We finally did the thing that we had never done before, which was decide a point in the future when we would do this. Because time rolls on, and another thing happens and then you’re not free. So we thought, ‘Right, let’s really decide we will all write The League of Gentlemen and do it in this timeframe.’ And we did; we stopped things happening and this became the project that we were doing. So it had to happen then!

Have you all enjoyed the reunion?

Absolutely. It took a long time to get us back together again. But, it’s been joyful and the writing process has been completely easy, organic. It flowed out of us without it being a difficult process. We weren’t thinking, "Well, what would we do if we brought it back?"

Why did you decide to do it as three half-hour episodes?

It actually worked better that way round for the unfolding story because we could make it more cliff-hangery. We could make it so you can’t wait to see the next one, hopefully.  And it fitted with the idea that we wanted people to feel that when it comes back on, it’s like it’s never been away.

How did you choose which characters to include and which ones to exclude?

Well, that was hard. Certain ones presented themselves that we thought we should bring back and that it would be remiss for the audience’s sake to leave out. Sadly, we couldn’t fit them all in. We had story lines for some and we had to completely extract them because of time pressures.

Which characters do you enjoy performing most?

I do enjoy doing Geoff. He’s a funny character. I also like doing Legz Akimbo, the theatre company. We could do a whole series of them touring - that would be fantastic. That’s next!

Was it essential that Edward and Tubbs appeared in the specials?

It would be strange to not have some sort of return from those two as they were very iconic to the show, so we’ve given that some thought. They have struck such a chord over the years. You see our catchphrase, ‘a local shop for local people,’ everywhere now, with no irony.

Is there a worry that critics might carp that it was a mistake to bring it back?

Yes, there is that worry, but if you thought too long about that, you wouldn’t do it. Of course, even if this was better than the original League of Gentlemen, there’d be some who would say, "They should never have done it and it’s terrible now." Because to them, it’s in aspic as this brilliant thing and you meddle with it at your peril. They think you should just remain enigmatic. But then you’d never do anything.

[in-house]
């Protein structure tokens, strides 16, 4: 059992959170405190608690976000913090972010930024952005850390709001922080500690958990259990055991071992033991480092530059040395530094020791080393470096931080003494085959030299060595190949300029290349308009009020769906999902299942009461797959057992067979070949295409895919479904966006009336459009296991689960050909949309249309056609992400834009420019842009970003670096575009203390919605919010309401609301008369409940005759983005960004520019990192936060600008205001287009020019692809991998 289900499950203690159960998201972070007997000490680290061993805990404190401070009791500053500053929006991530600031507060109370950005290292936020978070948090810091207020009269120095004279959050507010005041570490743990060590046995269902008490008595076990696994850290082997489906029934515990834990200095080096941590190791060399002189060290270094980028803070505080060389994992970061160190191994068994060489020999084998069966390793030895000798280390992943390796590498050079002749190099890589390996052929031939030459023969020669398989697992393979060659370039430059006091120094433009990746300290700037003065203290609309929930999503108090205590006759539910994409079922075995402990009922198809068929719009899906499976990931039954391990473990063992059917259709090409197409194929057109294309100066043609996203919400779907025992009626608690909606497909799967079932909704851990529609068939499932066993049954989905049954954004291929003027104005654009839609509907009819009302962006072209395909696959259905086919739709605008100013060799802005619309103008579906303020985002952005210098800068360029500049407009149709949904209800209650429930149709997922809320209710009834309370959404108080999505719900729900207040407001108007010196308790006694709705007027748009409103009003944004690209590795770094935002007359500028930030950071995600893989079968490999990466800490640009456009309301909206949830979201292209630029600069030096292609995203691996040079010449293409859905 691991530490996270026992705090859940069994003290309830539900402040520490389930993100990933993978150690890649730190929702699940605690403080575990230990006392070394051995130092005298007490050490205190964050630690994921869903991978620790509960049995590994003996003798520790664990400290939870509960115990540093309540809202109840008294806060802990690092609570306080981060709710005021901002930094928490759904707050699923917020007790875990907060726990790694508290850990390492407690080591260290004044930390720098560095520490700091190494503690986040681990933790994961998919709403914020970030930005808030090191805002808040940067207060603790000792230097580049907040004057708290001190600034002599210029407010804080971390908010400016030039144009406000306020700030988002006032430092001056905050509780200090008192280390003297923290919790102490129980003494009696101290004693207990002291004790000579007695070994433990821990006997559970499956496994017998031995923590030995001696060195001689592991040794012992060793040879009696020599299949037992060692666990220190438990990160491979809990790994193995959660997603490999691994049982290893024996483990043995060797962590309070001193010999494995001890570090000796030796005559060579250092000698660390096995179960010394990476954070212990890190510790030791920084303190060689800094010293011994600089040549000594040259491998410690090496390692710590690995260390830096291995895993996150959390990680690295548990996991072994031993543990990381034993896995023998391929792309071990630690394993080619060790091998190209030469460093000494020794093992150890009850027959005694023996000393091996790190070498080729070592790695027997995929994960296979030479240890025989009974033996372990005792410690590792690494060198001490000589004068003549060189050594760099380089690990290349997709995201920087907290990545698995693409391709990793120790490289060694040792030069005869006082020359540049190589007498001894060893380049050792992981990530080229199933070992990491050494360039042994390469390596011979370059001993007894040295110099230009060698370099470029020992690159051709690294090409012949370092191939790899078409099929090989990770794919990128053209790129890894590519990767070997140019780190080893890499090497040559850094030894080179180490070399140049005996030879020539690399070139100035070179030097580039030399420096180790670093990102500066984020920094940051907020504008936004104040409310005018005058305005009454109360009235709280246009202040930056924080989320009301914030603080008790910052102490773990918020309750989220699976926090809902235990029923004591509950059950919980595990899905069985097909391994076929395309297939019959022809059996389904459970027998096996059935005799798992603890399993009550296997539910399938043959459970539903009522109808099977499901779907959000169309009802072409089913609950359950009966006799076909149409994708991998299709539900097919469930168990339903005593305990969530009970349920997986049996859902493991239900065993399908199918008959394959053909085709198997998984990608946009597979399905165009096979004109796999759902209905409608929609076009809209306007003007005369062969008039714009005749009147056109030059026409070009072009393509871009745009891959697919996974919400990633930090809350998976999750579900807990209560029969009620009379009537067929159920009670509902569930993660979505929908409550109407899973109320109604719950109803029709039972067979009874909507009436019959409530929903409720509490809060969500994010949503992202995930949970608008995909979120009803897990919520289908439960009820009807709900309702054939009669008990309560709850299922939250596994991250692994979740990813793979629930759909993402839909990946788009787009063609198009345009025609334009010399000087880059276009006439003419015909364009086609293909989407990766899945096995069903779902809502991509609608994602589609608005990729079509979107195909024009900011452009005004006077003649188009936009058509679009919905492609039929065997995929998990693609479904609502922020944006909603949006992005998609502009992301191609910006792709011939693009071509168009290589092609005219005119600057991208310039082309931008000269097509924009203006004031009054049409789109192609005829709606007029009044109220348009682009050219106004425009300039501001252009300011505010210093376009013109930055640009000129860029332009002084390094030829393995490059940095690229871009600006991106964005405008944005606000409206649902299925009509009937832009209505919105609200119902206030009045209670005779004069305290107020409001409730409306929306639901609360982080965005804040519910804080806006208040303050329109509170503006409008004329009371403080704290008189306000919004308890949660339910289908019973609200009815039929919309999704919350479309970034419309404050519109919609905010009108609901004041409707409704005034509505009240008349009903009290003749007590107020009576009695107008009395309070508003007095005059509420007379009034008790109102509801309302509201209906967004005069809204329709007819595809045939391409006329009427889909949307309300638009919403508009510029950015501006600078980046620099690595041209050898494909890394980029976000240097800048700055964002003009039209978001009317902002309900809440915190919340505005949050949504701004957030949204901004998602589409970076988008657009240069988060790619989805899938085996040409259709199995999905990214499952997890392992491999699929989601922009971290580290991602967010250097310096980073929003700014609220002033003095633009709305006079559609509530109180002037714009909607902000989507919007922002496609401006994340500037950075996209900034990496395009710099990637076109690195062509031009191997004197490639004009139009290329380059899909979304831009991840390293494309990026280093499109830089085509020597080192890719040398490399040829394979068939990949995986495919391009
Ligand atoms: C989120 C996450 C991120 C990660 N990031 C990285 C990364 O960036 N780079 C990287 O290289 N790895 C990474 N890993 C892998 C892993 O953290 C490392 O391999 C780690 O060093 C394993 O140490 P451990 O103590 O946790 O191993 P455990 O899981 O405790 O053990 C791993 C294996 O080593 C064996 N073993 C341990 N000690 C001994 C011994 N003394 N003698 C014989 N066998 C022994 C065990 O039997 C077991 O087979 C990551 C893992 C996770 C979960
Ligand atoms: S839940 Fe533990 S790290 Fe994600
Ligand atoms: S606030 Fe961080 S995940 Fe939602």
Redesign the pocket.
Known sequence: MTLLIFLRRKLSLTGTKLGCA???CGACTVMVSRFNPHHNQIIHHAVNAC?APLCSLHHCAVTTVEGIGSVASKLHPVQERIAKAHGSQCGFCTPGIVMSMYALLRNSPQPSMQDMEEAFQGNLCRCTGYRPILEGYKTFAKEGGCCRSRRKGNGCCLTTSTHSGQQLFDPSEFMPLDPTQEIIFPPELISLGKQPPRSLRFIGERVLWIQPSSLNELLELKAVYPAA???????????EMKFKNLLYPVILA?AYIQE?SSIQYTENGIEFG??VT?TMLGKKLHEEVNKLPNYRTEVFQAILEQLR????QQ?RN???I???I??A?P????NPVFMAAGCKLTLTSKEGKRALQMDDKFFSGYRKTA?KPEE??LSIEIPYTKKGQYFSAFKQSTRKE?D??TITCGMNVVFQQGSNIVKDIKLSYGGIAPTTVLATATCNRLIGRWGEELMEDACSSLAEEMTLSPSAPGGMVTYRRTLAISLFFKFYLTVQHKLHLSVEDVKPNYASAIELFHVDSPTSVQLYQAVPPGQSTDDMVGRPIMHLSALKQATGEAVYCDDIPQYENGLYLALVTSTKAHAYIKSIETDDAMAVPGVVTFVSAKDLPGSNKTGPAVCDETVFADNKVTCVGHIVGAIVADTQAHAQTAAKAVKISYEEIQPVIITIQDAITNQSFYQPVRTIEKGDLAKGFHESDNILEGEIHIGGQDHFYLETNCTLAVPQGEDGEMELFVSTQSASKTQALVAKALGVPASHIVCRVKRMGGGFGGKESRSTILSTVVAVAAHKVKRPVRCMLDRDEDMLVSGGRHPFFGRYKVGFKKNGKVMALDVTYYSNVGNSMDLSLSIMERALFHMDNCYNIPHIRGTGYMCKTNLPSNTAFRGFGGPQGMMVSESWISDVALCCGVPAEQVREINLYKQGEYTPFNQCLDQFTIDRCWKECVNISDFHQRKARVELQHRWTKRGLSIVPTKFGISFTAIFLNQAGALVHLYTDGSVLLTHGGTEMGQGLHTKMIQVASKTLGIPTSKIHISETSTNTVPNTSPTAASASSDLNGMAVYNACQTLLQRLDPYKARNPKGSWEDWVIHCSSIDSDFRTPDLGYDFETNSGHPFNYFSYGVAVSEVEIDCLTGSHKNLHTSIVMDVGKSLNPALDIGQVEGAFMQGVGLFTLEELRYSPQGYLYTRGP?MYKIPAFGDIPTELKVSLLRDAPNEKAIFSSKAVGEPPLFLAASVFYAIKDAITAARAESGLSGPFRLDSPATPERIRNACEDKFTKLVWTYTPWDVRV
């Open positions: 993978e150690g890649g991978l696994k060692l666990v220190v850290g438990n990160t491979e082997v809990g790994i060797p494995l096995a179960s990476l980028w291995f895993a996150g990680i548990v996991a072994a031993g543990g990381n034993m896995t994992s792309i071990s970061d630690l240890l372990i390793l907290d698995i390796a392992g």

Is it hard to know if you have gone too far in certain scenes?

Not really. I think we have always been very diligent about how we do that and about how we shock - if we do shock - and what line you cross. We learned very early on that we have a responsibility as we are piped into people’s homes.

I think we earn it if we do something shocking. We’ve always tried to have you care about the characters, so if something happens, it matters. And if we swear, we do it for a reason, not willy-nilly.

 In this, we’ve just tried to be really truthful to the story we’re telling and hopefully it won’t feel like it’s gratuitous. It does us a disservice to think that we are just shock merchants. We really try quite hard to craft it.

Jeremy Dyson

Are you nervous because there is a lot of expectation about this revival?

I think we’ve been good at keeping the expectation at arm’s length, because if you let it in for a second, it would be terribly poisonous. So actually, we’ve just tried to make it as it was originally, which is about trying to make the others laugh. Trying to entertain each other was always the best policy.

The set-up is that Royston Vasey might be wiped off the map. Was that the initial premise for you?

Well, don’t forget, Royston Vasey has been wiped off the map at least three times before, so we know it works! The issue of boundaries and statehood seemed very topical as well and was on all our minds. That fits with Royston Vasey which has always been quite an inward-looking place. So, yes, that was in the air as well.

These are deeply loved characters. Why do you think that is when they are so strange and murderous?

I don’t know, it’s a complete mystery to me! I think it is to do with the charm of the performers and the performance because, you know, you’ve got three very warm actors at the heart of the show who are all very emotional.

How do you know where to draw the line in terms of taste?

We have always been quite conscious of it. We have never been censored by the powers that be. We have always had those conversations ourselves, so we have always had a sense between us of where that line is, even if you couldn’t lay it out as a set of rules. It’s more of a feeling.

Could you talk a bit about the strength of Mark, Steve and Reece as performers?

That’s the other thing about coming back after some time away from it - I really appreciated their performances. The first time round for me, inevitably there was a lot I took for granted. It was the first thing I’d done. It was only after going to work with actors where the set-up was different that I suddenly realised what an extraordinary thing it is to work with actors who write material, know that material inside out and then bring it to life.

Do you have favourite performances?

I love Steve doing Pop. I love Mark doing Les. I love Reece doing Bernice. They’ve all got their own strengths. They are all capable of incredible detail, truth and comedy, obviously, but the overriding thing is the humanity. It’s an extraordinary thing when you put them all together.

These characters should be monsters, but the performances bring out their humanity.. That’s always the joy of it.

• The 20th anniversary shows will air on Monday December 18, Tuesday December 19 and Wednesday December at 10pm on BBC Two. Click here for a gallery of images from the specials.

Published: 7 Dec 2017

Live comedy picks

We see you are using AdBlocker software. Chortle relies on advertisers to fund this website so it’s free for you, so we would ask that you disable it for this site. Our ads are non-intrusive and relevant. Help keep Chortle viable.